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GM tells its Cruise employees 24% of them will be laid off 'through no fault of their own'

Company says it now will focus on just 1 market for driverless taxis before scaling up

The GM-owned Cruise driverless taxi startup said Thursday in a blog post on its website that 24% of full-time Cruise workers will be laid off. The company said workers will get pay through April 8. Photo courtesy of Cruise
The GM-owned Cruise driverless taxi startup said Thursday in a blog post on its website that 24% of full-time Cruise workers will be laid off. The company said workers will get pay through April 8. Photo courtesy of Cruise

Dec. 14 (UPI) -- On Thursday, the GM-owned Cruise driverless taxi startup told its employees in an email and blog post that 24% of full-time Cruise workers will be laid off.

"Today, we are making staff reductions that will affect 24% of full-time Cruisers, through no fault of their own," the company said in a blog post on its website. "We are simplifying and focusing our efforts to return with an exceptional service in one city to start with and focusing on the Bolt platform for this first step before we scale. As a result, we are reducing our employee counts in operations and other areas."

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GM said in the post that laid off workers will get pay through April 8, "plus continued subsidized health benefits, RSU vesting, the January 5 bonus, and additional immigration support for those holding work visas" will continue to be factors.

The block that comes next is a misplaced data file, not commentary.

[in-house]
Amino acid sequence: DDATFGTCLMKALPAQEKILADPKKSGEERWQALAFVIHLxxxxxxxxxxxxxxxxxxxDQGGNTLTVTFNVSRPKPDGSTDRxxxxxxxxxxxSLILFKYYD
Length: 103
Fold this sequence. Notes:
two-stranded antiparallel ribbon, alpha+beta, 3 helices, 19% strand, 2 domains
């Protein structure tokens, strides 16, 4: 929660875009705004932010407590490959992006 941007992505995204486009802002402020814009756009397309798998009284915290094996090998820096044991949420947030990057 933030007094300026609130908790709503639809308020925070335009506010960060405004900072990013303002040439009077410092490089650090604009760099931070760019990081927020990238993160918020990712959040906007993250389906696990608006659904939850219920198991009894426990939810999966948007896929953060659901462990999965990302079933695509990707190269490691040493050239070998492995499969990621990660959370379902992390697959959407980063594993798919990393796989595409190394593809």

"We know there's no 'good' way to lay off employees, but treating people fairly on their way out was a key principle that guided our approach, and our top priority was determining how we could provide a strong severance package, while treating departing Cruisers with respect," the company said.

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Laid-off workers will stay on payroll until Feb. 12 and are eligible for an additional 8 weeks of pay, with long-time workers being offered an additional 2 weeks' pay for every year at Cruise over three years.

In November, the GM-owned Cruise recalled all of its 950 self-driving systems after one vehicle dragged a pedestrian struck by another car.

That followed California's suspension of Cruise's permit to operate driverless vehicles in October.

Cruise stopped its driverless taxi operations across all its fleets right after that "to rebuild public trust" after losing the ability to operate in California.

"As a result of our decision to slow down commercialization, we are restructuring to focus on delivering the improvements to our tech and vehicle performance that will build trust in our AVs," the Cruise post said.

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